Joan Sims made her Carry On debut in this film, Sid James arrived in 1960, for Carry On Constable: they would often be cast together as unhappy, thwarted couples, and together with Charles Hawtrey, Kenneth Williams, Hattie Jacques and Kenneth Connor, formed the heart of the Carry On troupe. And while other actors like Jim Dale, Bernard Bresslaw, Terry Scott and Peter Butterworth would also become synonymous with the series, it was the core group of comic experts that really made the Carry Ons tick.

Sid James was the most famous of them at the outset, having played Tony Hancock's cynical sidekick on TV and radio in the hit sitcom Hancock's Half Hour. The South African-born actor bought his easy charm, comic timing and famous dirty laugh to the proceedings, and would star in 19 of the Carry On films.

Though Joan Sims started out in the legitimate theatre, Hattie Jacques, Kenneth Williams and Charles Hawtrey all had roots in the rough and tumble of comic revues and music hall, which prepared them well for the bawdy knockabout of the Carry Ons.

They were an odd bunch: James, the hard-living gambler and womaniser who'd later embark on a long affair with his young co-star Barbara Windsor; Sims the lonely spinster in thrall to her puritanical parents; Hawtrey, an alcoholic secret homosexual who lived with his mother; and Williams, gay also but repressed, solitary and deeply unhappy, as his bitter diaries would posthumously attest.

They didn't get on that well, and had little time for their penny-pinching producer Peter Rogers, who once said "I'll do anything for my actors, except pay them". Carry On stars like Williams and Hawtrey were awarded salaries of £5,000 for the first film, and never given a raise thereafter.

The atmosphere on set could be poisonous, with Williams prone to back-biting, and Hawtrey obsessed with getting star billing.

Hardly a happy camp, then, but when the Carry On players came together, something special often happened. In Carry On Up the Khyber, for instance, when North Wales stood in for the Himalayas in a hilarious send-up of the British Raj, or Carry on Screaming, a wonderfully over-the-top skit on the Hammer Horrors starring Kenneth Williams as a kind of camp Frankenstein's monster whose catchphrase was the old chip shop motto, "frying tonight!" Best of all was Carry On Cleo, a whimsical take on the Roman conquest of Britain in which Williams, playing the soon-to-be assassinated Julius Caesar, rushes towards the camera screaming "infamy, infamy, they've all got it in for me!" The films' humour was basic, broad, lewd and evoked the bawdy tone of mid-century British seaside postcards. The Carry On men were usually either cowed middle-aged grumps married to formidable frumps and lusting after unattainable younger females, or effete and histrionic homosexuals whose gayness, though never directly alluded to, was as plain as the nose on your face.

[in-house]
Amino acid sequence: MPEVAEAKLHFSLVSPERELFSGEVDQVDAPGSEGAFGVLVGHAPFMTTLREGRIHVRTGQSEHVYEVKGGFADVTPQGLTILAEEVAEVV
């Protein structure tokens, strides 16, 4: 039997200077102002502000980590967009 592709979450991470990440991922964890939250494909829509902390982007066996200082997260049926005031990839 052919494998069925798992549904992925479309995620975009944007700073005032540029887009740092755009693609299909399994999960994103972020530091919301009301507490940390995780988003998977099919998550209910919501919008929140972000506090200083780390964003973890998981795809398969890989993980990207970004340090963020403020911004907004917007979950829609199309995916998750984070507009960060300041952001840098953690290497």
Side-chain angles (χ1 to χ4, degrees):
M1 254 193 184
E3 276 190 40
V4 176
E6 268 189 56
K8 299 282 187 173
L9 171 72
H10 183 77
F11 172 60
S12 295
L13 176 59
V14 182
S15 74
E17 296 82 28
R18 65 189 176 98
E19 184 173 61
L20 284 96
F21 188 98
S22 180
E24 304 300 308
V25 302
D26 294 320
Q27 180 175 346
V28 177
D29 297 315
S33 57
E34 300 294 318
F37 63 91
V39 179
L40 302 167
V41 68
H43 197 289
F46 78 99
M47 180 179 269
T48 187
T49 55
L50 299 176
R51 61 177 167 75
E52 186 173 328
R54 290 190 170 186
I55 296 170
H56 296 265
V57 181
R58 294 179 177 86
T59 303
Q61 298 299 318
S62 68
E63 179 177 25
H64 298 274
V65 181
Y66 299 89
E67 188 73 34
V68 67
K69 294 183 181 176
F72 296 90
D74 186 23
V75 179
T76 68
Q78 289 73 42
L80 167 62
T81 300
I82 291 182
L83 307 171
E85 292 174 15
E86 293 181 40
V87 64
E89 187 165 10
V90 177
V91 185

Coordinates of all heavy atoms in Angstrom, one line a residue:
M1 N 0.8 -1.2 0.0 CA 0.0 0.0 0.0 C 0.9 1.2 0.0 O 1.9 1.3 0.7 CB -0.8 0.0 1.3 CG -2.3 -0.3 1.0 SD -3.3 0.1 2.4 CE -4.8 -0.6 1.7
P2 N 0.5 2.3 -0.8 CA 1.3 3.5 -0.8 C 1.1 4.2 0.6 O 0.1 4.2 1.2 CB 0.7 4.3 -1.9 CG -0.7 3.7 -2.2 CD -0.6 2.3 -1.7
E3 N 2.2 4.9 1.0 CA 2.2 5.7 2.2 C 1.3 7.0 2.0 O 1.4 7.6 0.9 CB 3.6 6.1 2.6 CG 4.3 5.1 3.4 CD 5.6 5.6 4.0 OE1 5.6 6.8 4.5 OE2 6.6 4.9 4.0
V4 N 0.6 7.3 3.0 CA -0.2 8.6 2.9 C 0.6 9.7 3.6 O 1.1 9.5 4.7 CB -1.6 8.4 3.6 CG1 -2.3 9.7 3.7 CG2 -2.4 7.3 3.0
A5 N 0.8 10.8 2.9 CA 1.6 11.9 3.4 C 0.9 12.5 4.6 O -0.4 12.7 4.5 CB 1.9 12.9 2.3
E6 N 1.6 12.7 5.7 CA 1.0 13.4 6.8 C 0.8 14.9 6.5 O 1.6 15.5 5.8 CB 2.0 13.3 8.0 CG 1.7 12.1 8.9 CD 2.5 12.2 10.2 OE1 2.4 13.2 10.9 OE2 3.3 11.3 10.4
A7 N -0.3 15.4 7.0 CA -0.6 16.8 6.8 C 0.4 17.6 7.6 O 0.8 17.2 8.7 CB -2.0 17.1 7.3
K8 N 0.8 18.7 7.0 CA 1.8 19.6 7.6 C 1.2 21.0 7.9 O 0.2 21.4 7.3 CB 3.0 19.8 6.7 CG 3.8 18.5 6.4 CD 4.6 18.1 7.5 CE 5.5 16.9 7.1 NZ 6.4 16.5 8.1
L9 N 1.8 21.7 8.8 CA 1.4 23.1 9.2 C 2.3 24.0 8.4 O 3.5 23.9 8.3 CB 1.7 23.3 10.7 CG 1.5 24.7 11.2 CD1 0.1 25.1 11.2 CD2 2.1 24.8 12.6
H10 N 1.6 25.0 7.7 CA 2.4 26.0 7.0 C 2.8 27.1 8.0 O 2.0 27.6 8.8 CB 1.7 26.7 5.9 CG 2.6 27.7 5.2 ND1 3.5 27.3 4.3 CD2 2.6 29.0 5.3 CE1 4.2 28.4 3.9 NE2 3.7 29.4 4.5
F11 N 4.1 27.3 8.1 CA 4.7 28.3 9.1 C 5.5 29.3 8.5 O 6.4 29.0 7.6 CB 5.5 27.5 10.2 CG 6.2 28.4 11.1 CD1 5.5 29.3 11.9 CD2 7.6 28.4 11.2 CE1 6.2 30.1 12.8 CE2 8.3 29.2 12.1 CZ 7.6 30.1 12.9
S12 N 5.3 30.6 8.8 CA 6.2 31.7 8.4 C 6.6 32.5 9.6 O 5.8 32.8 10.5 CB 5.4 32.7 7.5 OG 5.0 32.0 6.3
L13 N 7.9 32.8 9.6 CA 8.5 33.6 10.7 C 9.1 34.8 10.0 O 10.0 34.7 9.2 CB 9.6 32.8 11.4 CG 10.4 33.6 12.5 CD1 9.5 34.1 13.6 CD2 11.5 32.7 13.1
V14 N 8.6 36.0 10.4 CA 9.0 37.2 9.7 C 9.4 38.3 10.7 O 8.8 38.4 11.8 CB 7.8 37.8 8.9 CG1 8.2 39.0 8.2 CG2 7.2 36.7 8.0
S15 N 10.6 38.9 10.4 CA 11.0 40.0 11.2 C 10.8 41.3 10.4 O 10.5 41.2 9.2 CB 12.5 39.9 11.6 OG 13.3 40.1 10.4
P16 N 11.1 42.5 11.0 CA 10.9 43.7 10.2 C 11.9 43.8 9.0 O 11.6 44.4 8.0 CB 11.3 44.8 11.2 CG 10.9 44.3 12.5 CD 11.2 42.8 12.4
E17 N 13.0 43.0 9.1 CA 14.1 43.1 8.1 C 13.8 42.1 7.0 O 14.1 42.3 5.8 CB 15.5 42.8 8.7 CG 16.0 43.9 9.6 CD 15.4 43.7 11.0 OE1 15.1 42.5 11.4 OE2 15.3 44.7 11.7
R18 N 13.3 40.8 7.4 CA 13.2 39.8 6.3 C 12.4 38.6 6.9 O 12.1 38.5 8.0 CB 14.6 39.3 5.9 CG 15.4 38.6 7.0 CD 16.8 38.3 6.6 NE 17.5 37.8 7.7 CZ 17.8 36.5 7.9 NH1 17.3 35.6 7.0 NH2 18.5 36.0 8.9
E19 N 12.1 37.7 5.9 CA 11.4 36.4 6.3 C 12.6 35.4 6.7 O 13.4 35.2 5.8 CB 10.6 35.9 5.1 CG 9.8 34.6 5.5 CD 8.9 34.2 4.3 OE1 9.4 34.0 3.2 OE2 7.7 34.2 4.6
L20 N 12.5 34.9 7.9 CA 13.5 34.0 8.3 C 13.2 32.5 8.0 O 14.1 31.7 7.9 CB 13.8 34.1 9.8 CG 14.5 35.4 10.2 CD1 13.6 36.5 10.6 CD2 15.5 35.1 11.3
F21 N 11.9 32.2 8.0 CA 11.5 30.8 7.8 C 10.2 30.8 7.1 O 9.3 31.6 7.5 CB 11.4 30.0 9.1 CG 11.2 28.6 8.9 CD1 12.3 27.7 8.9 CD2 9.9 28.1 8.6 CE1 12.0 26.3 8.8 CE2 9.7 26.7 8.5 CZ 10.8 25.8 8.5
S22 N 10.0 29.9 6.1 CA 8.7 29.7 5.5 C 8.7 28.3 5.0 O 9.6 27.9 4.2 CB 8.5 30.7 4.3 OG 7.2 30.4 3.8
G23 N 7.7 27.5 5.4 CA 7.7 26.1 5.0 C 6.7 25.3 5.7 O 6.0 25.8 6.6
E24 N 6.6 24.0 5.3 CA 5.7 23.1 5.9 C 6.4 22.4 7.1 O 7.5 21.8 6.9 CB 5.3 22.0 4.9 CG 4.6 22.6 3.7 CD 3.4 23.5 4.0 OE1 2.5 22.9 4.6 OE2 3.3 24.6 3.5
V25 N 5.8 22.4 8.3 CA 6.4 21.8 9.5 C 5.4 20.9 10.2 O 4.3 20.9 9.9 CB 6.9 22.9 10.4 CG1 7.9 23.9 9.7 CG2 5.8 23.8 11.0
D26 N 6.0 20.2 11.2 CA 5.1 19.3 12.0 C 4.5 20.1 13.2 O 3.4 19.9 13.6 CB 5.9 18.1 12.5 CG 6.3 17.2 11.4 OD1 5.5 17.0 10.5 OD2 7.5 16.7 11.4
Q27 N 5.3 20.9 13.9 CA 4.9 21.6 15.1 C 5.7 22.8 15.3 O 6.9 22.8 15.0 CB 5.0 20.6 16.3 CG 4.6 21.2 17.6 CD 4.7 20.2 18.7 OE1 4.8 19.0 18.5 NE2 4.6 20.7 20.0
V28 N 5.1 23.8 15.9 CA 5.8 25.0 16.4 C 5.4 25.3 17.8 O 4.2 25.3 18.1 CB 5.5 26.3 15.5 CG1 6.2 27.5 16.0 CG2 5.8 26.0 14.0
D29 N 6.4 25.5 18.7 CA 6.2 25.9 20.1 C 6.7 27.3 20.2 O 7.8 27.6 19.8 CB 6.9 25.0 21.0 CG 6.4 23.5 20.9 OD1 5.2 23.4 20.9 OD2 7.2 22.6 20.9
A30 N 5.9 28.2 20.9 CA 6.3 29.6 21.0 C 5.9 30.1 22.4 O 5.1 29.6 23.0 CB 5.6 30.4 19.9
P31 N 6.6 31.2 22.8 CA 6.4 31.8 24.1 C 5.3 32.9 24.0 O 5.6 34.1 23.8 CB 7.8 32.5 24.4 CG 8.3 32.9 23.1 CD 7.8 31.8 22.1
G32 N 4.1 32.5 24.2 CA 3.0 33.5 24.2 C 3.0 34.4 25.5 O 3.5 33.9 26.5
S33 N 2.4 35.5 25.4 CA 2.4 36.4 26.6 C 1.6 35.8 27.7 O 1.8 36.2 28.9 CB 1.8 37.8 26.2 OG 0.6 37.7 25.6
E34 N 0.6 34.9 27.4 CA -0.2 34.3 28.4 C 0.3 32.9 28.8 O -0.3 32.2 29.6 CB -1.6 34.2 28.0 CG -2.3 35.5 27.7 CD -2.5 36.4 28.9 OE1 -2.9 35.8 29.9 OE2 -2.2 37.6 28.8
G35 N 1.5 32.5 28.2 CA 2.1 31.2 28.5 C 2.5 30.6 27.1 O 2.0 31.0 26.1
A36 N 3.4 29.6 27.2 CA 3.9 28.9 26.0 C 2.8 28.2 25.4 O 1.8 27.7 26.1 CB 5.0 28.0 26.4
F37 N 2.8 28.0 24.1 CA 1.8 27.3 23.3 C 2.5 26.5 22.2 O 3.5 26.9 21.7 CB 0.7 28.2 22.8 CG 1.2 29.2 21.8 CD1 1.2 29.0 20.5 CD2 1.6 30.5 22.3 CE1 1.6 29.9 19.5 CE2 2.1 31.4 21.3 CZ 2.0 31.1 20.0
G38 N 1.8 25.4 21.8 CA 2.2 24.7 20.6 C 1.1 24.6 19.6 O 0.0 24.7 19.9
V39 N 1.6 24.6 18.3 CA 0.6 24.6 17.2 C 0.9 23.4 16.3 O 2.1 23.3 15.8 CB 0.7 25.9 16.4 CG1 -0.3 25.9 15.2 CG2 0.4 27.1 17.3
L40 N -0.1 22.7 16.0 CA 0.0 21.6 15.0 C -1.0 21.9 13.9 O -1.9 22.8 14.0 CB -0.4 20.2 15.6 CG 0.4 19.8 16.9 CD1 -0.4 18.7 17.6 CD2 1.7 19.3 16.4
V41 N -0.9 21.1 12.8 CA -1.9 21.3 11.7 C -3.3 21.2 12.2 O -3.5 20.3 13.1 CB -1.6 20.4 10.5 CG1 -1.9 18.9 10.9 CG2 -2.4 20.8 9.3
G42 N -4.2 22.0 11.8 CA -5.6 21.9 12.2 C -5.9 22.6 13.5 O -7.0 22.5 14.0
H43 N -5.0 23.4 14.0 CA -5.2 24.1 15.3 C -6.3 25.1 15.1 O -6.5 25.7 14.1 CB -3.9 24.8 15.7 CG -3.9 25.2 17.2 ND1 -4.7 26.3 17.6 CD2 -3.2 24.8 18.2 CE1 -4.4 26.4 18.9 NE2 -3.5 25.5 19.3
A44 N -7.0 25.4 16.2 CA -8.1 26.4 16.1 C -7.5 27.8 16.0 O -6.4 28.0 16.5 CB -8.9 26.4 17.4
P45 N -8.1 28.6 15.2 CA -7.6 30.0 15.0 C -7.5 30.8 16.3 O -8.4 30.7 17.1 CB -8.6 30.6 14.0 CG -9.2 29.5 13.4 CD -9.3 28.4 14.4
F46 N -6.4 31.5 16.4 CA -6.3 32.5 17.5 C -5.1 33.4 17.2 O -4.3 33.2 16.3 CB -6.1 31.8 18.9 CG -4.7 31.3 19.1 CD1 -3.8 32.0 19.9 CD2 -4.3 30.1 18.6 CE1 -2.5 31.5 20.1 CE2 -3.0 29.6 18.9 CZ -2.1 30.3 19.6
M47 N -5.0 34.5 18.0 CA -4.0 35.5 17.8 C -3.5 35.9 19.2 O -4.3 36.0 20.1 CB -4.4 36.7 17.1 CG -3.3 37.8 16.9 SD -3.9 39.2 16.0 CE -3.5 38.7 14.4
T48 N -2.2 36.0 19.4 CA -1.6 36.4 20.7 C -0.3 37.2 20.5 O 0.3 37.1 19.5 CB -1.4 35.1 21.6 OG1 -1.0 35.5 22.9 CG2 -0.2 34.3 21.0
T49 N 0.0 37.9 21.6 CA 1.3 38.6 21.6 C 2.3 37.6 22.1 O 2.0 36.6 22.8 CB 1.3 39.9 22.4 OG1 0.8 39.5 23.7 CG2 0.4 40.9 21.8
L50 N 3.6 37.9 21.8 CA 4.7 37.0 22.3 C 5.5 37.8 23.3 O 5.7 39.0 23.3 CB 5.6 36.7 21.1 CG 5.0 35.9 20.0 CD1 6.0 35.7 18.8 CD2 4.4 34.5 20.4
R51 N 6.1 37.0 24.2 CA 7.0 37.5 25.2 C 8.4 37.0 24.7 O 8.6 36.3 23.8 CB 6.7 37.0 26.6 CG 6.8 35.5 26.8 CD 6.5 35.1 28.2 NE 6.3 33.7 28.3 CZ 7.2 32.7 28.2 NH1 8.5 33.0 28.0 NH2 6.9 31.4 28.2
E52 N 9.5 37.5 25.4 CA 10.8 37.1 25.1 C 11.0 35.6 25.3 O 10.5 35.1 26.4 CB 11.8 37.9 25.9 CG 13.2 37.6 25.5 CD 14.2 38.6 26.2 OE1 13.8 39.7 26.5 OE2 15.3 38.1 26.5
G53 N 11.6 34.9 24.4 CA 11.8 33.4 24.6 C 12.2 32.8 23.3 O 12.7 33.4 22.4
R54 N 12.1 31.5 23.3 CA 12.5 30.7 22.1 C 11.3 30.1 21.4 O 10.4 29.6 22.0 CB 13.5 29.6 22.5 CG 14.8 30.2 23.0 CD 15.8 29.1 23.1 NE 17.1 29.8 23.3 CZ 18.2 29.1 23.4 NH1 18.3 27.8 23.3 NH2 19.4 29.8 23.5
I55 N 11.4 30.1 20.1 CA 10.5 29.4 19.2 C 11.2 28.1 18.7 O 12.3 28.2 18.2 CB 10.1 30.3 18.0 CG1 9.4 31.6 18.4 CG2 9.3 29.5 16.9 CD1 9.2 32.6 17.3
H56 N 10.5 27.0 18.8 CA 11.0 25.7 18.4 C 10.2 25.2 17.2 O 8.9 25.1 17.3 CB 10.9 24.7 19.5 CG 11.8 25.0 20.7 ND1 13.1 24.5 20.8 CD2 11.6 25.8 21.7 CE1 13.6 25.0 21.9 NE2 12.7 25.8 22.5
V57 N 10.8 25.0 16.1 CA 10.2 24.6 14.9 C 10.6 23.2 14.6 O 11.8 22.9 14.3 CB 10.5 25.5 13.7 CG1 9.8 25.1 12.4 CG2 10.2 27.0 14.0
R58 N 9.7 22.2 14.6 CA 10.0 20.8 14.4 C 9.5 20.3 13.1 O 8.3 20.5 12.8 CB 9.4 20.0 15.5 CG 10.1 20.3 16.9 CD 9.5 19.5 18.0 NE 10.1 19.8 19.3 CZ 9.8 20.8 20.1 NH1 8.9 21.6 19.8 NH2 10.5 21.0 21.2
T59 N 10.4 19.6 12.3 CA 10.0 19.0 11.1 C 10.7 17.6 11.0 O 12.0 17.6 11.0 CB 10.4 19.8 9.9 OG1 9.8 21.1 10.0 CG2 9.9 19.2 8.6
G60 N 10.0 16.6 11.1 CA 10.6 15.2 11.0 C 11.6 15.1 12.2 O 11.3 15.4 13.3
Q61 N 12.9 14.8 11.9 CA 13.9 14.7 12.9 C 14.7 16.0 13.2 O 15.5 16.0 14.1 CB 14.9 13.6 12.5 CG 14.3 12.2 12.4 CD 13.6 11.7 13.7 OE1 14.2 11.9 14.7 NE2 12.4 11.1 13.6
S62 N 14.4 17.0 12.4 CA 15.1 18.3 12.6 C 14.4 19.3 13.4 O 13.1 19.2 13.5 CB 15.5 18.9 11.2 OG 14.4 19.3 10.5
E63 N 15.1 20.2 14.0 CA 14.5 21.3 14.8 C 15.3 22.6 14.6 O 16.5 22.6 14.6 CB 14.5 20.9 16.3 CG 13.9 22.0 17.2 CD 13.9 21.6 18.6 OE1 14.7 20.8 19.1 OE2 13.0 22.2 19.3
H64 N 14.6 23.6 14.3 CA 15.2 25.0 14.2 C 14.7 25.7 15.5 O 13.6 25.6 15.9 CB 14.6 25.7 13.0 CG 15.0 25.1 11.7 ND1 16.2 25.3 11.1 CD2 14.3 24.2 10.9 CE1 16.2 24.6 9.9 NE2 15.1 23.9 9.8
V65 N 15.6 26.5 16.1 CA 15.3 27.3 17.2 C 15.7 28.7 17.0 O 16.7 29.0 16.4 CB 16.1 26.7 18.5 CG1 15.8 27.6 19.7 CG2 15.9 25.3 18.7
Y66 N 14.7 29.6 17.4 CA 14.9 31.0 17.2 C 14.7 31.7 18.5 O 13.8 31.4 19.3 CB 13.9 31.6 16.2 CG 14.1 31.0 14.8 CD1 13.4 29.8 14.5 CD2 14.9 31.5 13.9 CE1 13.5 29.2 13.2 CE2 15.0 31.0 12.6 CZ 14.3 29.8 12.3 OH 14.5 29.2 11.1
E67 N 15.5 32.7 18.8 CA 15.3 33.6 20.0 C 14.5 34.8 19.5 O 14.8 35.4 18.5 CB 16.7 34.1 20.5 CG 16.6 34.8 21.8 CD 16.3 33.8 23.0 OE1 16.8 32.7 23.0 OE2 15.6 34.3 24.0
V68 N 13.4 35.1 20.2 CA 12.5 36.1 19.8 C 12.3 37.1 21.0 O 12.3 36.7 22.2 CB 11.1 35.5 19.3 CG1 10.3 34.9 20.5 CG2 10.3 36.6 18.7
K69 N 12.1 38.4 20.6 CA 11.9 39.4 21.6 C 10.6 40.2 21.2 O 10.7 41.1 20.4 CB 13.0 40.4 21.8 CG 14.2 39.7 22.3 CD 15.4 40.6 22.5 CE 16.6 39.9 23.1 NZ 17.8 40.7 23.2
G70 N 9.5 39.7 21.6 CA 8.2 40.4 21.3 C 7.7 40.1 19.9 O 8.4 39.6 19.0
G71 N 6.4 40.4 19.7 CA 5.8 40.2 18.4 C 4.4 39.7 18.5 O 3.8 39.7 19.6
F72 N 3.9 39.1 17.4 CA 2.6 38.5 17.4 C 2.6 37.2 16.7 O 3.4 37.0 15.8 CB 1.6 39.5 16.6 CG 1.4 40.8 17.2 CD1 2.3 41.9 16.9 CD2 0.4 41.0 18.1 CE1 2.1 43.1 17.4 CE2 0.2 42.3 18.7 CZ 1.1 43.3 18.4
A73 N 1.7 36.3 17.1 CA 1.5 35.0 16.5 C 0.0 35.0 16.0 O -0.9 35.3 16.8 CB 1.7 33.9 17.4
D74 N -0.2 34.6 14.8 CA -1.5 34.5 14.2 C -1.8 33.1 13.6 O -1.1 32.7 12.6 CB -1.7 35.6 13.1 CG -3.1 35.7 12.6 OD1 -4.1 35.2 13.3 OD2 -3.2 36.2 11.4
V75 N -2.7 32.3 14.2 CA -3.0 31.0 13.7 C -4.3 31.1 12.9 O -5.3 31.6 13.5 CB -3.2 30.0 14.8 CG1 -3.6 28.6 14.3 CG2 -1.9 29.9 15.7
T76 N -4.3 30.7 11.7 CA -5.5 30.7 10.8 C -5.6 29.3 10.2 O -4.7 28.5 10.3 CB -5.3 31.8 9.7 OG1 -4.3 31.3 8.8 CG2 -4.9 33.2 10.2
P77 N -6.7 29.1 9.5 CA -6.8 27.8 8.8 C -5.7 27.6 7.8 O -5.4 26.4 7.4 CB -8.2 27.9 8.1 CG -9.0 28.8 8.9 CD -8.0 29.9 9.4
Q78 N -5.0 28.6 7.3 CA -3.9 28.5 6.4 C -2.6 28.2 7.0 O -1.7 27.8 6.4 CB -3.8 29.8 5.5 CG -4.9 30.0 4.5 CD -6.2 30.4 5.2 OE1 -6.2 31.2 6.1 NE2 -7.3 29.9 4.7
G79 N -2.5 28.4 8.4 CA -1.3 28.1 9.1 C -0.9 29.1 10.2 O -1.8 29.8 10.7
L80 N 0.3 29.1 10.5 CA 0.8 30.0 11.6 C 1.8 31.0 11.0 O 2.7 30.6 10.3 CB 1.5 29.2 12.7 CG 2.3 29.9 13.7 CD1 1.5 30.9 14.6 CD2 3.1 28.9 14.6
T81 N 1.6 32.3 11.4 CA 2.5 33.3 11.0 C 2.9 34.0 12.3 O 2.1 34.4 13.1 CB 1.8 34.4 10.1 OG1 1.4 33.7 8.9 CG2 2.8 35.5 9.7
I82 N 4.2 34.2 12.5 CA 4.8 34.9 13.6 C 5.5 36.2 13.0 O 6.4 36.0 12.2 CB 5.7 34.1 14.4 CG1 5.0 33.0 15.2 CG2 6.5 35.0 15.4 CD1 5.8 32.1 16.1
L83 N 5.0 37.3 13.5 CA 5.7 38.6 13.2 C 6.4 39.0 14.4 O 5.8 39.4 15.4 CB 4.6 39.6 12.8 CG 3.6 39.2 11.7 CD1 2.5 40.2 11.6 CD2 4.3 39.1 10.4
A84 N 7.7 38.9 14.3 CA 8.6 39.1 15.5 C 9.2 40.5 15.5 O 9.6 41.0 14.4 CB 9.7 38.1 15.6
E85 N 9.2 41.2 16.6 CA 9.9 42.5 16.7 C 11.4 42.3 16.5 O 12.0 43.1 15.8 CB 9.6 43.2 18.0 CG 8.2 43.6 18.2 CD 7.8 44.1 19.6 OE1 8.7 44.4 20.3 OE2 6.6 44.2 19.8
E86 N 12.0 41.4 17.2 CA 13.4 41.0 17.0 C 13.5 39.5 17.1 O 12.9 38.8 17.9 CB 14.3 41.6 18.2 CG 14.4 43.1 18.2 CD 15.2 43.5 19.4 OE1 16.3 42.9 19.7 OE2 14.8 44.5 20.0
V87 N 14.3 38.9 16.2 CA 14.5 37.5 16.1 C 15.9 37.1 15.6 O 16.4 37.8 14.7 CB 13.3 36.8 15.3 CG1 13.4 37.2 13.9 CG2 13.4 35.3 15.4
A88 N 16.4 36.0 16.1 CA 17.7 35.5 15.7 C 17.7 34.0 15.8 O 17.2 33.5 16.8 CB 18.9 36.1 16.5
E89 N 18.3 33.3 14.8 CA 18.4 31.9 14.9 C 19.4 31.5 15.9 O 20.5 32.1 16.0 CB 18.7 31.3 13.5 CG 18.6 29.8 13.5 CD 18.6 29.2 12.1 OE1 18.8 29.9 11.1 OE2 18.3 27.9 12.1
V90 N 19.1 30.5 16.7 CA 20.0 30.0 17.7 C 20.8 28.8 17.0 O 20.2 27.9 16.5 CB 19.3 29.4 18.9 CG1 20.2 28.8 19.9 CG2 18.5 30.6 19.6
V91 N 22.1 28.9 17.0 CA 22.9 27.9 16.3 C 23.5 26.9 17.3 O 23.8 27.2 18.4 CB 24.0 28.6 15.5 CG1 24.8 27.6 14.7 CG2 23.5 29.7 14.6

But they seemed like real people, and their petty lives and little failures spoke to a nation laid low by rationing, hardship and the aftermath of a war from which Britain had emerged notionally victorious but very much diminished.

The Carry On films struck a chord with ordinary British people, who saw themselves in the repressed and gurning characters on screen, who were inured to defeat and met it with defiant aplomb.

The series limped to a standstill in the late 1970s, and finally ended in 1992, with Carry On Columbus.

It was awful, but that mainly was because none of the great Carry On actors were alive to star in it.

Sad ends of the Carry Ons

Though Sid James and Hattie Jacques had successful TV careers in the 1970s, most of the Carry On regulars ended up terminally typecast, and none lived into happy old age. Beset by marital woes and an addiction to gambling, Sid James collapsed and died on stage in Sunderland in 1976, at 62. Hattie Jacques was just 58 when she suffered a fatal heart attack, in 1980: following the breakdown of her marriage to Day’s Army star John Le Mesurier, her weight had ballooned to over 20 stone.

Joan Sims died an alcoholic, and so did Charles Hawtrey, who was something of a misanthrope and spent most of his life dodging the opprobrium occasioned by his active homosexuality. A lifetime of drinking and smoking eventually did for him, and the last thing Hawtrey did was throw a vase at a nurse who’d asked for his autograph. He died in 1988, and so did Kenneth Williams, who’d lived a life of quiet desperation, confiding his woes to his posthumously published diaries. I once saw him walking near Regent’s Park, a small, slight, natty man who responded smiling to nods of recognition but seemed lost in his thoughts. He was found dead in his London flat having taken an overdose of barbiturates that was probably accidental. He was 62.